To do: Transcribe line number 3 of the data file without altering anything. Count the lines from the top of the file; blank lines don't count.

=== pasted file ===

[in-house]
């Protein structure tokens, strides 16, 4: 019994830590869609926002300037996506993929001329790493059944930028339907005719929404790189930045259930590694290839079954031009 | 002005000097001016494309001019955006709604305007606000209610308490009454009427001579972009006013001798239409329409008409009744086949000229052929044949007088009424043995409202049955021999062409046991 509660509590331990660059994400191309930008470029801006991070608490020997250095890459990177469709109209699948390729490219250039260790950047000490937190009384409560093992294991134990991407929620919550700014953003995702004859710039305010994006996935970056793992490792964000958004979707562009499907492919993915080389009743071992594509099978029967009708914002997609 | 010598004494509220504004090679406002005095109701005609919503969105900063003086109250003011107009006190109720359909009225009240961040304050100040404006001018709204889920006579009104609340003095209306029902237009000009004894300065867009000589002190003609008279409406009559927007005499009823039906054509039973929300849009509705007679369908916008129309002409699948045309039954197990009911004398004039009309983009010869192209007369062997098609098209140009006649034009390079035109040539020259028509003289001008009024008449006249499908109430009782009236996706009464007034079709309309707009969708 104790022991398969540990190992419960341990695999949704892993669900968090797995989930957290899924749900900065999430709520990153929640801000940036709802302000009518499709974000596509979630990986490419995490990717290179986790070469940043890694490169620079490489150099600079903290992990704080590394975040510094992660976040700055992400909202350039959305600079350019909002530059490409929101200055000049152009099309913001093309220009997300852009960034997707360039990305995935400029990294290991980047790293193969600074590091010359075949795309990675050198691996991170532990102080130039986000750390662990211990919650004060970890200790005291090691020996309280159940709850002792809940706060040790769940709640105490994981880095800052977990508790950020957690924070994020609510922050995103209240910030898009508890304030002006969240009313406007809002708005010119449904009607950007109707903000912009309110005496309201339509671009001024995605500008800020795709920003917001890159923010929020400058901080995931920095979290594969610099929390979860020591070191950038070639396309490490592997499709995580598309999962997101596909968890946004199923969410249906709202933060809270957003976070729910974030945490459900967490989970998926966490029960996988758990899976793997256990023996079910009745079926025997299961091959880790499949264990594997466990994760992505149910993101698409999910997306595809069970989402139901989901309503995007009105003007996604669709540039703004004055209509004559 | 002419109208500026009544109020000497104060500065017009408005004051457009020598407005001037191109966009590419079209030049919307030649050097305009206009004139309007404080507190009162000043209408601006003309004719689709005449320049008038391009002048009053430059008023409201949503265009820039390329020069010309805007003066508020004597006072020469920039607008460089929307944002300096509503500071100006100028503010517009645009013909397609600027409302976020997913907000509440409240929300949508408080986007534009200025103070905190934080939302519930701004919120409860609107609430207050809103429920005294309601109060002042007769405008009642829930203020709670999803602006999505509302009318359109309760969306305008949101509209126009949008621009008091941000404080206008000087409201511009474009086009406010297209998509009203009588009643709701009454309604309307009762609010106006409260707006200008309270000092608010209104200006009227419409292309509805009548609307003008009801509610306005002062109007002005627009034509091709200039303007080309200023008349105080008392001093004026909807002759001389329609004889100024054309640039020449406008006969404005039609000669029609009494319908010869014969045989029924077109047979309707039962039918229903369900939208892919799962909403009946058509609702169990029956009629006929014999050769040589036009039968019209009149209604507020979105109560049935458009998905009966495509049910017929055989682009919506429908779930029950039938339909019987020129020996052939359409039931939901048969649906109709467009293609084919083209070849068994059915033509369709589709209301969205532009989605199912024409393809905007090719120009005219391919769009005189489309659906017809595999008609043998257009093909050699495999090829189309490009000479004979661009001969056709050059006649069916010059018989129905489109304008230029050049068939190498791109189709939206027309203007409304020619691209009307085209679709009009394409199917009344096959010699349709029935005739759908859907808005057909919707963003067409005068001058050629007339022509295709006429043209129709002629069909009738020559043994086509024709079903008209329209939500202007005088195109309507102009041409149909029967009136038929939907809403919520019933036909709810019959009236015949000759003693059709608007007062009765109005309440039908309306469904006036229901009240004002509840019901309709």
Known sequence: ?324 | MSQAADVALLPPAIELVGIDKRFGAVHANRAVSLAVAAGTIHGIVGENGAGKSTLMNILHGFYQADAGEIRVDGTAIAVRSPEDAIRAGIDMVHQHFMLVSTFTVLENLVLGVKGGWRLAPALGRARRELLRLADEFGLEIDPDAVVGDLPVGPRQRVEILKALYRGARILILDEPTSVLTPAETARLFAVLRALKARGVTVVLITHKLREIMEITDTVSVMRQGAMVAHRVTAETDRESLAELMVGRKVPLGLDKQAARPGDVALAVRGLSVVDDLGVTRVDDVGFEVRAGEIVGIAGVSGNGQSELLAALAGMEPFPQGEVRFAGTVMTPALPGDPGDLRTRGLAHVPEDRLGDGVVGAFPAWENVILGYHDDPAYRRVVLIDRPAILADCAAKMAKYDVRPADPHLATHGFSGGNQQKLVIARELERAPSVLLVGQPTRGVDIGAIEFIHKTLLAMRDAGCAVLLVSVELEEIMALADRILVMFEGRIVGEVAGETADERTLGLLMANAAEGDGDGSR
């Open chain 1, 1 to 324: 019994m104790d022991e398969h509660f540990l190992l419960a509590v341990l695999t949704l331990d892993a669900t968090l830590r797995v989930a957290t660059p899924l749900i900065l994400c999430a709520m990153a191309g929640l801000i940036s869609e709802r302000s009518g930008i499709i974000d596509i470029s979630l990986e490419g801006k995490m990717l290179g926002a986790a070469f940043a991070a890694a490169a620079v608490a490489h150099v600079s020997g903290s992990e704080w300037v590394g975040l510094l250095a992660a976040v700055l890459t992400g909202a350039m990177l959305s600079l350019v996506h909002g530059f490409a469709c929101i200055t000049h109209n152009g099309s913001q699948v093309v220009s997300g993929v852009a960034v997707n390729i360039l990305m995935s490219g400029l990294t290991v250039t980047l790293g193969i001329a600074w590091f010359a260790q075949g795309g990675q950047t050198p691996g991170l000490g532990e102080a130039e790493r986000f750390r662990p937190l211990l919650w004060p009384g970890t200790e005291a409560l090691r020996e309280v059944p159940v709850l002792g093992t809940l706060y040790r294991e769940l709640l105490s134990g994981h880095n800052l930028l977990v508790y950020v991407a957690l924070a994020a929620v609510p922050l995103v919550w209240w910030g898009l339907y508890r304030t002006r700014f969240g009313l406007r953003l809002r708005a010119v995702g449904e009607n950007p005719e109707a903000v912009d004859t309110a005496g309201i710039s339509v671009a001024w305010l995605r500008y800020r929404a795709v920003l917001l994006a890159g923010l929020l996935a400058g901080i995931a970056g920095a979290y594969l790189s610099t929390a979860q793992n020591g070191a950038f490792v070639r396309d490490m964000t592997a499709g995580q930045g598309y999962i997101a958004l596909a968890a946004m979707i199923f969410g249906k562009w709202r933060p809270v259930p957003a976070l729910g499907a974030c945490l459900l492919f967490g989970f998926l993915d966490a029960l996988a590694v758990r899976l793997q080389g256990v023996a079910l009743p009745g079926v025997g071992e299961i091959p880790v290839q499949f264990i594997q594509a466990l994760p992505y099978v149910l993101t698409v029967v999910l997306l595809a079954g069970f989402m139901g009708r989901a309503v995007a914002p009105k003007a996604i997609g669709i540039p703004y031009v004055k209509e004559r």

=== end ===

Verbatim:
Known sequence: ?324 | MSQAADVALLPPAIELVGIDKRFGAVHANRAVSLAVAAGTIHGIVGENGAGKSTLMNILHGFYQADAGEIRVDGTAIAVRSPEDAIRAGIDMVHQHFMLVSTFTVLENLVLGVKGGWRLAPALGRARRELLRLADEFGLEIDPDAVVGDLPVGPRQRVEILKALYRGARILILDEPTSVLTPAETARLFAVLRALKARGVTVVLITHKLREIMEITDTVSVMRQGAMVAHRVTAETDRESLAELMVGRKVPLGLDKQAARPGDVALAVRGLSVVDDLGVTRVDDVGFEVRAGEIVGIAGVSGNGQSELLAALAGMEPFPQGEVRFAGTVMTPALPGDPGDLRTRGLAHVPEDRLGDGVVGAFPAWENVILGYHDDPAYRRVVLIDRPAILADCAAKMAKYDVRPADPHLATHGFSGGNQQKLVIARELERAPSVLLVGQPTRGVDIGAIEFIHKTLLAMRDAGCAVLLVSVELEEIMALADRILVMFEGRIVGEVAGETADERTLGLLMANAAEGDGDGSR